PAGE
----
Help Put an End to Parade Rules and Police Tactics That Target Cyclists

critical_mass_arrests.jpgLast Friday’s assault on a Critical Mass rider — and the attempted cover-up that followed — has heightened public attention on police misconduct against cyclists. If you, or some other cyclist you know, have been the subject of selective enforcement or inappropriate police action, lawyers from the Five Borough Bike Club would like to hear your story. They can be reached at [lawsuitinfo] [at] [5BBC] [dot] [org], and their deadline is Friday, August 8. Here are the details:

Time is running out. The Five Borough Bike Club and several others are plaintiffs in a lawsuit which challenges New York City’s attempts to suppress Critical Mass rides. The Court has given us an August 8 deadline to gather information concerning summonses, arrests and other NYPD action against bicyclists. For those of you who don’t know, the suit challenges the constitutionality of recently implemented rules that require a group of 50 or more to obtain an NYPD permit before proceeding together (the "Parade Permit Rules"). The suit also challenges various other tactics that NYPD uses to target and suppress Critical Mass rides. Details on how to provide information you believe may be helpful are provided at the end of this post.

So far, we have already gathered evidence of unlawful conduct by the NYPD, including evidence which shows that:

  • NYPD "profiles" suspected Critical Mass participants for selective enforcement of the law as they ride their bikes individually in the vicinity of Union Square prior to the start of the ride, as shown in this video.
  • NYPD tickets cyclists during these "profiling" operations and points to them as proof of Critical Mass’s lawlessness, even when the summonses were issued on evenings when no Critical Mass ride took place and/or for violations which are not relevant to bicyclists, such as "no seatbelt" [download a summary of these tactics].
  • NYPD has systematically arrested and summonsed Critical Mass participants without any valid basis. The charges frequently have been dismissed.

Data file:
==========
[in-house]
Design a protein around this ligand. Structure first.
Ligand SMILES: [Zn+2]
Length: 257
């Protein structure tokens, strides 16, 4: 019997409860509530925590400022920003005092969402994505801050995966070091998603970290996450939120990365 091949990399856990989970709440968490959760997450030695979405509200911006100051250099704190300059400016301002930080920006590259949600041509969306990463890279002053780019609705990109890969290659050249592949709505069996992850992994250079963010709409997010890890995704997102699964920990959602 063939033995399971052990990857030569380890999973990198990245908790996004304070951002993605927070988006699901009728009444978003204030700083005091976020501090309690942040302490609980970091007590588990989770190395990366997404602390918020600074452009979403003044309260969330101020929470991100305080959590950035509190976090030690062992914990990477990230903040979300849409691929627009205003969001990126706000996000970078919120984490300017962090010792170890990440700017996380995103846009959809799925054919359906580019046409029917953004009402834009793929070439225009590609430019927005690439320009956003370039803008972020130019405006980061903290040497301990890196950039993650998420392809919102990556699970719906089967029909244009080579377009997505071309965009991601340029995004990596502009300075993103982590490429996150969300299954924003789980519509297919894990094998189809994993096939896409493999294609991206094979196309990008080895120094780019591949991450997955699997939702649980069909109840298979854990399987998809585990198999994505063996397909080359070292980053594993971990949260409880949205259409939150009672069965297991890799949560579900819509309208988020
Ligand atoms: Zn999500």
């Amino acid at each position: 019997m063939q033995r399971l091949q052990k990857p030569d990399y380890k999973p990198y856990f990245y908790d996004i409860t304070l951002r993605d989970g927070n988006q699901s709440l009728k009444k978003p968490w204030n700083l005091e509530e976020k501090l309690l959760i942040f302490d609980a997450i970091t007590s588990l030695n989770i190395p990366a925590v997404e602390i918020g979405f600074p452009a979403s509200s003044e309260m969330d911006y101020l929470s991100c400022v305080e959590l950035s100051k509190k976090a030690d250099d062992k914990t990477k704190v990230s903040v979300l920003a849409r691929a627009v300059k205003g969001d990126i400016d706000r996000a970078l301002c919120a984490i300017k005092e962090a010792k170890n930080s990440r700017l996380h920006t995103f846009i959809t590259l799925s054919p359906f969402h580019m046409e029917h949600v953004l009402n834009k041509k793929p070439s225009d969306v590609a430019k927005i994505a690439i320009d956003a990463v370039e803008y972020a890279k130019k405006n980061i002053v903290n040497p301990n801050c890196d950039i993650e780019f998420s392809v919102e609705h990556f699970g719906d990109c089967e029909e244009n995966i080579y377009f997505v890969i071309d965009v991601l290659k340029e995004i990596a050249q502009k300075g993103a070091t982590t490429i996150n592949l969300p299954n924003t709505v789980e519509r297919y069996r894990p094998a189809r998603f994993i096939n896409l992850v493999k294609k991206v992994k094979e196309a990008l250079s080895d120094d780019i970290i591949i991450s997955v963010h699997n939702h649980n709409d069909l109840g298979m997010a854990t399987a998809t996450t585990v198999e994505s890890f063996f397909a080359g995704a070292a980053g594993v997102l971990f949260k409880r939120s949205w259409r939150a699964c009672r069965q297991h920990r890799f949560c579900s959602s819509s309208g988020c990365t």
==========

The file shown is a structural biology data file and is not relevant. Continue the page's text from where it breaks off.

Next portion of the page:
• NYPD officers have repeatedly used excessive and dangerous force against Critical Mass participants.

As one NYPD officer candidly told a Critical Mass bicyclist while ticketing him for an equipment violation, the policy of selective and unlawful enforcement was triggered by the August 2004 Critical Mass bicyclists’ protests against the Republican National Convention. We contend that such protest activities provide no lawful reasons to establish the 50-person limit on public processions, or to suppress or selectively enforce the law against Critical Mass month after month [download].

The Court requires us to collect all relevant documents, photographs and videotape by August 8, 2008. If you believe you have evidence that is relevant to the suit, we ask that you send it to us.

This is not an offer to provide individuals with lawyers or legal representation. We request that you voluntarily provide information for use as evidence in the lawsuit. If you can help, please send us a brief email describing the information you have, and including a daytime phone number where you can be reached and/or an email address, to: [lawsuitinfo] [at] [5BBC] [dot] [org]. Please contact us about the lawsuit only through this email address.

Thanks so much for your help and support.

Best regards,
5BBC

  • Why do they even need people? Doesn’t the permit process violate the Freedom of Assembly guaranteed by the U.S. Bill of Rights? I honestly don’t know, perhaps the SCOTUS has issued a ruling on this, but it seems unconstitutional to me.

  • Ian Turner

    The ‘no seatbelt’ violation was issued to an NJ motorist, by the way.

  • Nathan

    I always thought that Critical Mass could avoid that restriction *and be more effective* by sending groups of 30 to 40 cyclists off to different parts of the city as soon as enough people amassed, thus always keeping the number under 50. And if the goal of the system is to increase motorists’ exposure to bikes, I think this would do more. Instead of getting people along one route seeing an enormous collection of bikes, you would get 5 – 10 times as many people seeing a sizable force of bikes.

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